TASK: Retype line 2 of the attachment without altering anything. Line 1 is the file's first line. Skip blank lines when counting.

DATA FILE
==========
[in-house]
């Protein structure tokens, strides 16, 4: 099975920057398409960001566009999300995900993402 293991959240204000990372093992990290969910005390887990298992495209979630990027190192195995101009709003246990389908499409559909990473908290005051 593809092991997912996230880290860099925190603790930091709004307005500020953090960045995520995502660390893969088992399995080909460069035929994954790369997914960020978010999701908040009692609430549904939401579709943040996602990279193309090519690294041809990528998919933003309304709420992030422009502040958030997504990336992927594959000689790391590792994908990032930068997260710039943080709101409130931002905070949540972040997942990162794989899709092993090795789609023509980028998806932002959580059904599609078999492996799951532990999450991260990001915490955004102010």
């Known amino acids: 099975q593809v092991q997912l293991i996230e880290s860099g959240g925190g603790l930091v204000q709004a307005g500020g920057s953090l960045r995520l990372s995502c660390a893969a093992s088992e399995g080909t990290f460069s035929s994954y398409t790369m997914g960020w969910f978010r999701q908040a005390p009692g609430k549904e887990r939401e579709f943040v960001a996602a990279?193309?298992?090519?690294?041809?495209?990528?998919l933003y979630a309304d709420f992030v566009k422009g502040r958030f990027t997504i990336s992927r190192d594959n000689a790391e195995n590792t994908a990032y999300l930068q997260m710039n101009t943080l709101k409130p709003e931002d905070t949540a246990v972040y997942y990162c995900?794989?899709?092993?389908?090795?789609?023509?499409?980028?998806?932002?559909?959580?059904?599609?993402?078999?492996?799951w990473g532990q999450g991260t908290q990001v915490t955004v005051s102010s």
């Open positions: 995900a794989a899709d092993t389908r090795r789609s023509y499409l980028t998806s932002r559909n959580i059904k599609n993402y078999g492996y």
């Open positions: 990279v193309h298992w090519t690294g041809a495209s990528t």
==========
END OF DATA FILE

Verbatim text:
């Protein structure tokens, strides 16, 4: 099975920057398409960001566009999300995900993402 293991959240204000990372093992990290969910005390887990298992495209979630990027190192195995101009709003246990389908499409559909990473908290005051 593809092991997912996230880290860099925190603790930091709004307005500020953090960045995520995502660390893969088992399995080909460069035929994954790369997914960020978010999701908040009692609430549904939401579709943040996602990279193309090519690294041809990528998919933003309304709420992030422009502040958030997504990336992927594959000689790391590792994908990032930068997260710039943080709101409130931002905070949540972040997942990162794989899709092993090795789609023509980028998806932002959580059904599609078999492996799951532990999450991260990001915490955004102010």